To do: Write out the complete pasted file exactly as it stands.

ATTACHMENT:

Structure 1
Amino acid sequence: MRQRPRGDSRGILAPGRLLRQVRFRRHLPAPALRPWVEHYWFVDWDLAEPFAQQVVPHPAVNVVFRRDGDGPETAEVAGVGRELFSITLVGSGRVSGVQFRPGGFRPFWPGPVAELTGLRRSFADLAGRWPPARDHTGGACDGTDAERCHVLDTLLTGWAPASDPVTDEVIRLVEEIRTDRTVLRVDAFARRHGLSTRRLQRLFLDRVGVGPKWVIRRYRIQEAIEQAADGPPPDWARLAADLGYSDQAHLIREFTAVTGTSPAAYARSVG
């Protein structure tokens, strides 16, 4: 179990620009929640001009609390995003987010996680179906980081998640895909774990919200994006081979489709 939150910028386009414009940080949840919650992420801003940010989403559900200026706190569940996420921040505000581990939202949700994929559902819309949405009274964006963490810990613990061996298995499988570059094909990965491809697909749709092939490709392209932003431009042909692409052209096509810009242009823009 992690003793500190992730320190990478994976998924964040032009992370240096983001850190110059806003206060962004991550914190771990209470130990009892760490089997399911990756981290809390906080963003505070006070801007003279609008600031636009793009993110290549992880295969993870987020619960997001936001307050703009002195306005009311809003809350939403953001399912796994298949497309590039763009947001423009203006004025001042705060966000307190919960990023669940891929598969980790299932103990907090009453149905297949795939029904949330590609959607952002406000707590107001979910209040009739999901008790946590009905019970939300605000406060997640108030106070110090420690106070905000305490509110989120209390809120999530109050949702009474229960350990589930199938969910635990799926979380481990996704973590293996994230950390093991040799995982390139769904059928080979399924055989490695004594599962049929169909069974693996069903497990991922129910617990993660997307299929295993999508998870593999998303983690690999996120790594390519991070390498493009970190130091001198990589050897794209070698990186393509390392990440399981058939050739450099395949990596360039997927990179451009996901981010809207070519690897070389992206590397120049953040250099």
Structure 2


Structure 1
Amino acid sequence: MRQRPRGDSRGILAPGRLLRQVRFRRHLPAPALRPWVEHYWFVDWDLAEPFAQQVVPHPAVNVVFRRDGDGPETAEVAGVGRELFSITLVGSGRVSGVQFRPGGFRPFWPGPVAELTGLRRSFADLAGRWPPARDHTGGACDGTDAERCHVLDTLLTGWAPASDPVTDEVIRLVEEIRTDRTVLRVDAFARRHGLSTRRLQRLFLDRVGVGPKWVIRRYRIQEAIEQAADGPPPDWARLAADLGYSDQAHLIREFTAVTGTSPAAYARSVG
């Protein structure tokens, strides 16, 4: 179990620009929640001009609390995003987010996680179906980081998640895909774990919200994006081979489709 939150910028386009414009940080949840919650992420801003940010989403559900200026706190569940996420921040505000581990939202949700994929559902819309949405009274964006963490810990613990061996298995499988570059094909990965491809697909749709092939490709392209932003431009042909692409052209096509810009242009823009 992690003793500190992730320190990478994976998924964040032009992370240096983001850190110059806003206060962004991550914190771990209470130990009892760490089997399911990756981290809390906080963003505070006070801007003279609008600031636009793009993110290549992880295969993870987020619960997001936001307050703009002195306005009311809003809350939403953001399912796994298949497309590039763009947001423009203006004025001042705060966000307190919960990023669940891929598969980790299932103990907090009453149905297949795939029904949330590609959607952002406000707590107001979910209040009739999901008790946590009905019970939300605000406060997640108030106070110090420690106070905000305490509110989120209390809120999530109050949702009474229960350990589930199938969910635990799926979380481990996704973590293996994230950390093991040799995982390139769904059928080979399924055989490695004594599962049929169909069974693996069903497990991922129910617990993660997307299929295993999508998870593999998303983690690999996120790594390519991070390498493009970190130091001198990589050897794209070698990186393509390392990440399981058939050739450099395949990596360039997927990179451009996901981010809207070519690897070389992206590397120049953040250099």
Structure 2